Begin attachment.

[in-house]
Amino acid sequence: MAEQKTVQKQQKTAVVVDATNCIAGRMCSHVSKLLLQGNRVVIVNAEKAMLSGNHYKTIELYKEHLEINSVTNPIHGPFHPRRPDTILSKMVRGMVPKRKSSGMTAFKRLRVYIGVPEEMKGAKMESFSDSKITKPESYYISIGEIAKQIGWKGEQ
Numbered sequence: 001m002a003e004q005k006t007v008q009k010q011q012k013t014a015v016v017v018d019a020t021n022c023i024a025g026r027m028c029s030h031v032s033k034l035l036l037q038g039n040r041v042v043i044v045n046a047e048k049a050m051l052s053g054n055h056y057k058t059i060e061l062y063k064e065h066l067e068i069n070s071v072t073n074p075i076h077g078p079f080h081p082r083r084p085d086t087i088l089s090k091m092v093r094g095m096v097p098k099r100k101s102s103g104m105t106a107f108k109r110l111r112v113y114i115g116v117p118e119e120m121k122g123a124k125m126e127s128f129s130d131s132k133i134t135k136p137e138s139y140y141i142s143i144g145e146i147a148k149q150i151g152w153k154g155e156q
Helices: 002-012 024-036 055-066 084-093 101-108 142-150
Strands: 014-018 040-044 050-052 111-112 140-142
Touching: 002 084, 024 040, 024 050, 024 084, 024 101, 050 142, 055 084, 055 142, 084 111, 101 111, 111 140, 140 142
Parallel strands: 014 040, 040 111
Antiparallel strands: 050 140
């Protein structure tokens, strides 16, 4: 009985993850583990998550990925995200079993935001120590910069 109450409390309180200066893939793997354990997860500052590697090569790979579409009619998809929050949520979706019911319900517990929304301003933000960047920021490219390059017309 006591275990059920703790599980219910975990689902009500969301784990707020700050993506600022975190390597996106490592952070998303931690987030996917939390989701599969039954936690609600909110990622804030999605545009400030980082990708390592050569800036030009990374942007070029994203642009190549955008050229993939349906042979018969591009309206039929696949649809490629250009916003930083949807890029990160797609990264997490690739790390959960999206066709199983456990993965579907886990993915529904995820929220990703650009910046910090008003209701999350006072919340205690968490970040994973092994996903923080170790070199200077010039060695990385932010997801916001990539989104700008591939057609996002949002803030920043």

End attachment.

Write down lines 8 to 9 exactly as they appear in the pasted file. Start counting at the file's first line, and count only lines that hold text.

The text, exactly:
Antiparallel strands: 050 140
């Protein structure tokens, strides 16, 4: 009985993850583990998550990925995200079993935001120590910069 109450409390309180200066893939793997354990997860500052590697090569790979579409009619998809929050949520979706019911319900517990929304301003933000960047920021490219390059017309 006591275990059920703790599980219910975990689902009500969301784990707020700050993506600022975190390597996106490592952070998303931690987030996917939390989701599969039954936690609600909110990622804030999605545009400030980082990708390592050569800036030009990374942007070029994203642009190549955008050229993939349906042979018969591009309206039929696949649809490629250009916003930083949807890029990160797609990264997490690739790390959960999206066709199983456990993965579907886990993915529904995820929220990703650009910046910090008003209701999350006072919340205690968490970040994973092994996903923080170790070199200077010039060695990385932010997801916001990539989104700008591939057609996002949002803030920043």